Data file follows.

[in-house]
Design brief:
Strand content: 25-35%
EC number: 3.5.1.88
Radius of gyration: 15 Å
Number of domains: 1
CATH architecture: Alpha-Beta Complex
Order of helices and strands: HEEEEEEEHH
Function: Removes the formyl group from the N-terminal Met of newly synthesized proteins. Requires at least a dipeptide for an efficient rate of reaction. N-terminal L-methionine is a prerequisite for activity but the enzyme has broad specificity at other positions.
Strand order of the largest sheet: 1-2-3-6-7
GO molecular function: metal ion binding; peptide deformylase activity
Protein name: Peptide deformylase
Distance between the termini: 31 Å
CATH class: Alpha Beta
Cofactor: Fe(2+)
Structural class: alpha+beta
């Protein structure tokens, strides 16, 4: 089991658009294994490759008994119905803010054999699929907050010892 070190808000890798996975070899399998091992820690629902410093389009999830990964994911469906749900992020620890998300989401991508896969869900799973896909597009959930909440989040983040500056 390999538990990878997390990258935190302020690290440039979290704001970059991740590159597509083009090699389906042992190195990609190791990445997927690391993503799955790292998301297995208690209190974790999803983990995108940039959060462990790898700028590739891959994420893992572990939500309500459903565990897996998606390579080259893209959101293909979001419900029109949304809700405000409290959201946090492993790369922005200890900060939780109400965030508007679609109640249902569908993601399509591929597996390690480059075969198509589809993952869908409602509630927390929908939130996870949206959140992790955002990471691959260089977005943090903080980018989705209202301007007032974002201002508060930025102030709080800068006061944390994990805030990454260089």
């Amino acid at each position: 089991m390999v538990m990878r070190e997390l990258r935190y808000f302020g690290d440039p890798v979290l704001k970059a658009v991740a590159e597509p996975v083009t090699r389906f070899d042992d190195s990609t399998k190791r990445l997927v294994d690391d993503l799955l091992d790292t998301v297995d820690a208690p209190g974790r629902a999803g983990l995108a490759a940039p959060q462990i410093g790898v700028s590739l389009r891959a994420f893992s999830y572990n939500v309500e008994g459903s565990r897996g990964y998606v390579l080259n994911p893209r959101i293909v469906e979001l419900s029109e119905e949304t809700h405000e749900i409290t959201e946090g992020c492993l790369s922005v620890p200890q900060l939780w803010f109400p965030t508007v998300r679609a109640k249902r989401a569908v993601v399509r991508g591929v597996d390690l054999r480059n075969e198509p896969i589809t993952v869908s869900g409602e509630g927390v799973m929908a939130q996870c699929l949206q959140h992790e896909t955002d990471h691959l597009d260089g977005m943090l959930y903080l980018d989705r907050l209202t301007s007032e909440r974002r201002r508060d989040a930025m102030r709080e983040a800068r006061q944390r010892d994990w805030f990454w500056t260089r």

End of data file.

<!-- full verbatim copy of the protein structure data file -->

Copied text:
[in-house]
Design brief:
Strand content: 25-35%
EC number: 3.5.1.88
Radius of gyration: 15 Å
Number of domains: 1
CATH architecture: Alpha-Beta Complex
Order of helices and strands: HEEEEEEEHH
Function: Removes the formyl group from the N-terminal Met of newly synthesized proteins. Requires at least a dipeptide for an efficient rate of reaction. N-terminal L-methionine is a prerequisite for activity but the enzyme has broad specificity at other positions.
Strand order of the largest sheet: 1-2-3-6-7
GO molecular function: metal ion binding; peptide deformylase activity
Protein name: Peptide deformylase
Distance between the termini: 31 Å
CATH class: Alpha Beta
Cofactor: Fe(2+)
Structural class: alpha+beta
């Protein structure tokens, strides 16, 4: 089991658009294994490759008994119905803010054999699929907050010892 070190808000890798996975070899399998091992820690629902410093389009999830990964994911469906749900992020620890998300989401991508896969869900799973896909597009959930909440989040983040500056 390999538990990878997390990258935190302020690290440039979290704001970059991740590159597509083009090699389906042992190195990609190791990445997927690391993503799955790292998301297995208690209190974790999803983990995108940039959060462990790898700028590739891959994420893992572990939500309500459903565990897996998606390579080259893209959101293909979001419900029109949304809700405000409290959201946090492993790369922005200890900060939780109400965030508007679609109640249902569908993601399509591929597996390690480059075969198509589809993952869908409602509630927390929908939130996870949206959140992790955002990471691959260089977005943090903080980018989705209202301007007032974002201002508060930025102030709080800068006061944390994990805030990454260089």
């Amino acid at each position: 089991m390999v538990m990878r070190e997390l990258r935190y808000f302020g690290d440039p890798v979290l704001k970059a658009v991740a590159e597509p996975v083009t090699r389906f070899d042992d190195s990609t399998k190791r990445l997927v294994d690391d993503l799955l091992d790292t998301v297995d820690a208690p209190g974790r629902a999803g983990l995108a490759a940039p959060q462990i410093g790898v700028s590739l389009r891959a994420f893992s999830y572990n939500v309500e008994g459903s565990r897996g990964y998606v390579l080259n994911p893209r959101i293909v469906e979001l419900s029109e119905e949304t809700h405000e749900i409290t959201e946090g992020c492993l790369s922005v620890p200890q900060l939780w803010f109400p965030t508007v998300r679609a109640k249902r989401a569908v993601v399509r991508g591929v597996d390690l054999r480059n075969e198509p896969i589809t993952v869908s869900g409602e509630g927390v799973m929908a939130q996870c699929l949206q959140h992790e896909t955002d990471h691959l597009d260089g977005m943090l959930y903080l980018d989705r907050l209202t301007s007032e909440r974002r201002r508060d989040a930025m102030r709080e983040a800068r006061q944390r010892d994990w805030f990454w500056t260089r």